Shape notes are a music notation designed to facilitate congregational and community singing. The idea behind shape notes is that the parts of a vocal work can be learned more quickly and easily if the music is printed in shapes that match up with the solfege syllables with which the notes of the musical scale are sung. The notation, introduced in 1801, became a popular teaching device in American singing schools. Shapes were added to the note heads in written music to help singers find pitches within major and minor scales without the use of more complex information found in key signatures on the staff.
Shape notes of various kinds have been used for over two centuries in a variety of music traditions, mostly sacred but also secular, originating in New England, practiced primarily in the Southern region of the United States for many years. Although seven-shape books may not be as popular as in the past, there are still a great number of churches in the South, in particular Primitive Baptist, Independent Fundamental Baptist, and Churches of Christ, as well as Conservative Mennonites throughout North America, that regularly use seven-shape songbooks in Sunday worship.1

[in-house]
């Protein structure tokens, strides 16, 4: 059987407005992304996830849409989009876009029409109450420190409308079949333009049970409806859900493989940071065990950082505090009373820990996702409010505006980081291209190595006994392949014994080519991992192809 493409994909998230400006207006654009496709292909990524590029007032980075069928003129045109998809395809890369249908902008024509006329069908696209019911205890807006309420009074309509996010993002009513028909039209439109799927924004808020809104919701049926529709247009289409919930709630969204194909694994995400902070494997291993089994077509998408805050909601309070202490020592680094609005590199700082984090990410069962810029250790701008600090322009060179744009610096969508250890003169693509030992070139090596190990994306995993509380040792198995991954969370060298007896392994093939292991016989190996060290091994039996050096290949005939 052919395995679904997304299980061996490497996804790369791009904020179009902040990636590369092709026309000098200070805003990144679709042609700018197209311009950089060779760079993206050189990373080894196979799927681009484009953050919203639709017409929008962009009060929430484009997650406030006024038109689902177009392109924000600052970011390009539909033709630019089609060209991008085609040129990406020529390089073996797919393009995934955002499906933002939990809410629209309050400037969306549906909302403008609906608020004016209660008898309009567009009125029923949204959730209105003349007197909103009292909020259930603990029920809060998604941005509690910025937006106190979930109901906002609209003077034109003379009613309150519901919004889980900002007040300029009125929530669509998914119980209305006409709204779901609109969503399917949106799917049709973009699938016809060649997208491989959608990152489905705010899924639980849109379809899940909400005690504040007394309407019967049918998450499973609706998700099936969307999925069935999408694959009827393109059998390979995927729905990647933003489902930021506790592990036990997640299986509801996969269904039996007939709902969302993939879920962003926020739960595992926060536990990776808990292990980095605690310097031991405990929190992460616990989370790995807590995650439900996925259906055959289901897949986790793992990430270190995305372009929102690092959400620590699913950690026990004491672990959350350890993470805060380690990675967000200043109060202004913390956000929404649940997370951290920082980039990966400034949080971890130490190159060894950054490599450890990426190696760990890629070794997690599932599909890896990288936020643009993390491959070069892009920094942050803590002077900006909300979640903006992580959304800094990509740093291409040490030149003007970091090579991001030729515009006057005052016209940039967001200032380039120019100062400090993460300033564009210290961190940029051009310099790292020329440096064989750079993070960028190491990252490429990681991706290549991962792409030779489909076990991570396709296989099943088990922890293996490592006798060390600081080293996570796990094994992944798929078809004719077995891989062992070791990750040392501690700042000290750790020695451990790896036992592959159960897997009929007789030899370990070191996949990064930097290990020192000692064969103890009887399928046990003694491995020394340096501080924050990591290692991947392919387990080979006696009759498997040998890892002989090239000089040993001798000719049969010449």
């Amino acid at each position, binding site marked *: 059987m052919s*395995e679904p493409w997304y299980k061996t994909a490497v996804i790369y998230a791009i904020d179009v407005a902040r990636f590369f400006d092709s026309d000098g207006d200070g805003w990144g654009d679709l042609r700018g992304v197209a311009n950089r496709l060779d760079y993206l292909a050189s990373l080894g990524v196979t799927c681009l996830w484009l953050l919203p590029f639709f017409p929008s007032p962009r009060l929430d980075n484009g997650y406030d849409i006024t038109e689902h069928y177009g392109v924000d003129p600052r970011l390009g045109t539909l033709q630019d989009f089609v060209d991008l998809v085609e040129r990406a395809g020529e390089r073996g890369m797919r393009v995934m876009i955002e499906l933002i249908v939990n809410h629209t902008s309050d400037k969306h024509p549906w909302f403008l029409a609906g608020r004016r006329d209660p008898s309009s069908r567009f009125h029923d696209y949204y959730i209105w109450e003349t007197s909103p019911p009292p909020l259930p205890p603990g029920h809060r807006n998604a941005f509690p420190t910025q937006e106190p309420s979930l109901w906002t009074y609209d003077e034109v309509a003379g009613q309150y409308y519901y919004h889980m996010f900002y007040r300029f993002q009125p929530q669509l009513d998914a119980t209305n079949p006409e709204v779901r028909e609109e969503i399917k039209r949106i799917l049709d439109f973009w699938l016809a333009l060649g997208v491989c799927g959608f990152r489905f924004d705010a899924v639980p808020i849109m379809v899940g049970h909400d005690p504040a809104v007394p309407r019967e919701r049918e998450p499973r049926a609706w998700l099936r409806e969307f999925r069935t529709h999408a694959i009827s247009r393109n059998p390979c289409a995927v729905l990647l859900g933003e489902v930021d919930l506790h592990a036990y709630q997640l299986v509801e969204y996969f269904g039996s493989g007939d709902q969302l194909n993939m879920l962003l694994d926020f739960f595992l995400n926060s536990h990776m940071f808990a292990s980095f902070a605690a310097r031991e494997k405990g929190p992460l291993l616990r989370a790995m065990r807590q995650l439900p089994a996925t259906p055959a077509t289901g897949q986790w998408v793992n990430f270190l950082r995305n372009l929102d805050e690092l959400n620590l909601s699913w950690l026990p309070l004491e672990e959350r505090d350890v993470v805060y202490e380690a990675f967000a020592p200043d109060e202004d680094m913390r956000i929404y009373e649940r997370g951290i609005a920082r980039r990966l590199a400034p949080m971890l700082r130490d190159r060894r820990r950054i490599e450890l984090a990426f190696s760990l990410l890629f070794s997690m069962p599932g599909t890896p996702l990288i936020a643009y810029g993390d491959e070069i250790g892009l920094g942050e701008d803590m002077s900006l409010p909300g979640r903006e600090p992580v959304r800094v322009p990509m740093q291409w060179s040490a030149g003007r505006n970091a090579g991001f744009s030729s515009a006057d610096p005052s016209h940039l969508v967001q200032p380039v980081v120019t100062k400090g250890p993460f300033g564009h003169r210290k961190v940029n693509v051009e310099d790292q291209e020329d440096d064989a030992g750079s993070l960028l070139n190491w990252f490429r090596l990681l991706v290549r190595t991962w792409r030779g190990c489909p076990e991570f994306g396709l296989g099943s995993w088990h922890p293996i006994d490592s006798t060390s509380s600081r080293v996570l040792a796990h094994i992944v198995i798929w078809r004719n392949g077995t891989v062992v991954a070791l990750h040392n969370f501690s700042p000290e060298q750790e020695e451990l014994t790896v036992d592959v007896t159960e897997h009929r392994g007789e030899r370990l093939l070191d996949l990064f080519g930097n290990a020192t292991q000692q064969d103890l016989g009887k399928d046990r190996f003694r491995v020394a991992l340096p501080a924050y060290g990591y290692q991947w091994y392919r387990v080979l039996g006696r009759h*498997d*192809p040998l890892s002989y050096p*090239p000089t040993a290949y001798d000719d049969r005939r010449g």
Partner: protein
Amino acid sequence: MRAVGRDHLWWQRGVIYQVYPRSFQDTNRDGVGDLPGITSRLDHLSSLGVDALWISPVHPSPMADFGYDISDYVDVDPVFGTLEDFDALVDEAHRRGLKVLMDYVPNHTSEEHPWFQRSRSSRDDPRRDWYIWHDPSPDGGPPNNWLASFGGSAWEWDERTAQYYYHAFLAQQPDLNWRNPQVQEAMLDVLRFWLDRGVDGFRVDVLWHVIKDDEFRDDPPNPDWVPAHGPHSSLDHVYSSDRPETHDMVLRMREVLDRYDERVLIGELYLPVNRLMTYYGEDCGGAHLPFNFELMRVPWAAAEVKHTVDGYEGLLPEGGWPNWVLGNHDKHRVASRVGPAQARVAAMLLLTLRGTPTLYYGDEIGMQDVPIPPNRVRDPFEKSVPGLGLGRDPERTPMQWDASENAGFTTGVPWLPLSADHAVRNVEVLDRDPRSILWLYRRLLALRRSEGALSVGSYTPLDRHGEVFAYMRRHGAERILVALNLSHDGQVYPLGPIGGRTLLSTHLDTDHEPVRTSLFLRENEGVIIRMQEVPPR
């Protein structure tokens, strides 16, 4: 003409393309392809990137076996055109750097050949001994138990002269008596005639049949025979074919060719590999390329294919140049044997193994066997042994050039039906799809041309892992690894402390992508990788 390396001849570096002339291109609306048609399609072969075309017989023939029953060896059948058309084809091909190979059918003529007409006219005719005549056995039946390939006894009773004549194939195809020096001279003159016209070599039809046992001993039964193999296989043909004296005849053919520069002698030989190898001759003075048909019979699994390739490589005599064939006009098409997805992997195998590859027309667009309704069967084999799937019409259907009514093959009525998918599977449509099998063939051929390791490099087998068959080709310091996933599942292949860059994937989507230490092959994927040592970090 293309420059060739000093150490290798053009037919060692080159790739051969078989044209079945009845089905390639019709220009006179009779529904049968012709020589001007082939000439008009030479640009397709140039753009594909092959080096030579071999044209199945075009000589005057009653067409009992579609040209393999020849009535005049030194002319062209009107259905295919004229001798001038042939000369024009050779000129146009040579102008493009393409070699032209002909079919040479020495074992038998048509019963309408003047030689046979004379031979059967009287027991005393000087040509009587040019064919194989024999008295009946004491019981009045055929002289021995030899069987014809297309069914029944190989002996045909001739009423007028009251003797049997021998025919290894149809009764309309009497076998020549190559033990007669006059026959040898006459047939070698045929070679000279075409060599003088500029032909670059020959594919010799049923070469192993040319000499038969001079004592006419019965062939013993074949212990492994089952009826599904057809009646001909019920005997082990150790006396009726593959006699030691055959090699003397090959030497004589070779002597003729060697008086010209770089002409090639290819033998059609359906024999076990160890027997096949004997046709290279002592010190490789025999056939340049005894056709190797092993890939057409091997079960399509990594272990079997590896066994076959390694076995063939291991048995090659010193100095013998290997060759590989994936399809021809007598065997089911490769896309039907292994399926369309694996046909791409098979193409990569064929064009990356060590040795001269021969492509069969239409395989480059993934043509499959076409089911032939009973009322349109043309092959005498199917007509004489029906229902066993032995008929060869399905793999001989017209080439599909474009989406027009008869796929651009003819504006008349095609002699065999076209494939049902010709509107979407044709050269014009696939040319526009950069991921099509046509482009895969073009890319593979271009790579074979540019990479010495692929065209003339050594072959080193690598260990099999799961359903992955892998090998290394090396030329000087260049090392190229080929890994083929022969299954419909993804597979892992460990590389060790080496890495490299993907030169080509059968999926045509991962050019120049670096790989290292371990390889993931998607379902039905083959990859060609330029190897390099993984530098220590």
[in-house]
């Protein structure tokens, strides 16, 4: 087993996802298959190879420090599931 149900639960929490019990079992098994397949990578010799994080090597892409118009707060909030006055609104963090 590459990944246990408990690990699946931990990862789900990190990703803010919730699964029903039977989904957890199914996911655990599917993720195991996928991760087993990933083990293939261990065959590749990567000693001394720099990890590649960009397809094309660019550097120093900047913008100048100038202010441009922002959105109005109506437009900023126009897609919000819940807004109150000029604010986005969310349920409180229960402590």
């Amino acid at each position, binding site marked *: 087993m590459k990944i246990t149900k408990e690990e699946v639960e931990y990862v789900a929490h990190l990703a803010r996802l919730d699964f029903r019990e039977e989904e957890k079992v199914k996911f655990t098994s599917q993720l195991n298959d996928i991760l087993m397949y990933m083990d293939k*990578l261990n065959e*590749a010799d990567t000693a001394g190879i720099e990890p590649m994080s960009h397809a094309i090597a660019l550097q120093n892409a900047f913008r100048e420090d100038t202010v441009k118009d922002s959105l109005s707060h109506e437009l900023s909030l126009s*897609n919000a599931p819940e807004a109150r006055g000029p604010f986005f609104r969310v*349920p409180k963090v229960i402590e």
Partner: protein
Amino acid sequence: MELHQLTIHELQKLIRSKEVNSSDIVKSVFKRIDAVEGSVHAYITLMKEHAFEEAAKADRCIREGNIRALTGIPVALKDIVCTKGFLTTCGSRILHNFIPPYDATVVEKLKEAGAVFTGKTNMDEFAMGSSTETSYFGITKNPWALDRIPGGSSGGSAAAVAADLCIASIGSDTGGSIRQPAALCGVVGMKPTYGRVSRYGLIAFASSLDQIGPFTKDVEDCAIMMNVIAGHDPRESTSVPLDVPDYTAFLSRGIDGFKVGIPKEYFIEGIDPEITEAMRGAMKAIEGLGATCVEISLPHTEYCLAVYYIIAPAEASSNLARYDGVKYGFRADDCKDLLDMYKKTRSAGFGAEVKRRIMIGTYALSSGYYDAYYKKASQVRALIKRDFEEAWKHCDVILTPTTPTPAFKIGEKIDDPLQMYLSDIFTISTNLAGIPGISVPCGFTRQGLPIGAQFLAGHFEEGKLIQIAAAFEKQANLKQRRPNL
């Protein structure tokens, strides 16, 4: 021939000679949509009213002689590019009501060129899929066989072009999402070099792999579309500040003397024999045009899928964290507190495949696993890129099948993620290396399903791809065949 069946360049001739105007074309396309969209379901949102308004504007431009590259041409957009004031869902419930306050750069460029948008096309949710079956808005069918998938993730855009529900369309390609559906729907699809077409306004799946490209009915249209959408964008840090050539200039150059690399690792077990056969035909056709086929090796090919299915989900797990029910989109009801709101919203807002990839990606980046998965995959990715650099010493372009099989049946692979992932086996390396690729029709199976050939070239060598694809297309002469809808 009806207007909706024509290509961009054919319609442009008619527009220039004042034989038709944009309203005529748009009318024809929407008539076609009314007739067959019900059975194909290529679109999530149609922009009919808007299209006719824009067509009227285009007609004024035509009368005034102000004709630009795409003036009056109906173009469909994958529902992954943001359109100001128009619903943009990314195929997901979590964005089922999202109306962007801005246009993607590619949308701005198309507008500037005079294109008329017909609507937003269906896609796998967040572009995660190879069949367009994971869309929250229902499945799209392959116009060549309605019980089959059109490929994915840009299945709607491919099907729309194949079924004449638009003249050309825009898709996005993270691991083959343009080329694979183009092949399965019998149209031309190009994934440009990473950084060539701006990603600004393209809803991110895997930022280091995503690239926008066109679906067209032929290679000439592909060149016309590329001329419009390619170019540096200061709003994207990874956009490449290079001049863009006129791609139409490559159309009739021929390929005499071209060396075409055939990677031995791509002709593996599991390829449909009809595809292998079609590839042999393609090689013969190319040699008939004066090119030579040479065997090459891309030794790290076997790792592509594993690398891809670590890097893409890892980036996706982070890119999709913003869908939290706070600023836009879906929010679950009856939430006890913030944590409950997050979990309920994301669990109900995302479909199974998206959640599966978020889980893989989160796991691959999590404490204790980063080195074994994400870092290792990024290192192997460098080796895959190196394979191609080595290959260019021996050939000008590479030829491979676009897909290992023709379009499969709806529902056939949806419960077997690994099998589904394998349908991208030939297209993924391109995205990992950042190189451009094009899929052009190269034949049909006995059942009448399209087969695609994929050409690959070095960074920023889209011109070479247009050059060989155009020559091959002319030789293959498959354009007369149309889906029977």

Sacred Harp singing is a tradition of sacred choral music that took root in the Southern region of the United States. It is part of the larger tradition of shape note music. Sacred Harp music is performed a capella (voice only, without instruments) and originated as Protestant Christian music. The songs sung are primarily from the book The Sacred Harp.2
Sacred Harp Singing
University of Mississippi: Sacred Harp Singing
Smithsonian Education: A Shape-Note Singing Lesson
Minnesota Public Radio: Shaped Note Singing
Encyclopedia of Southern Culture: Shape-Note Singing Schools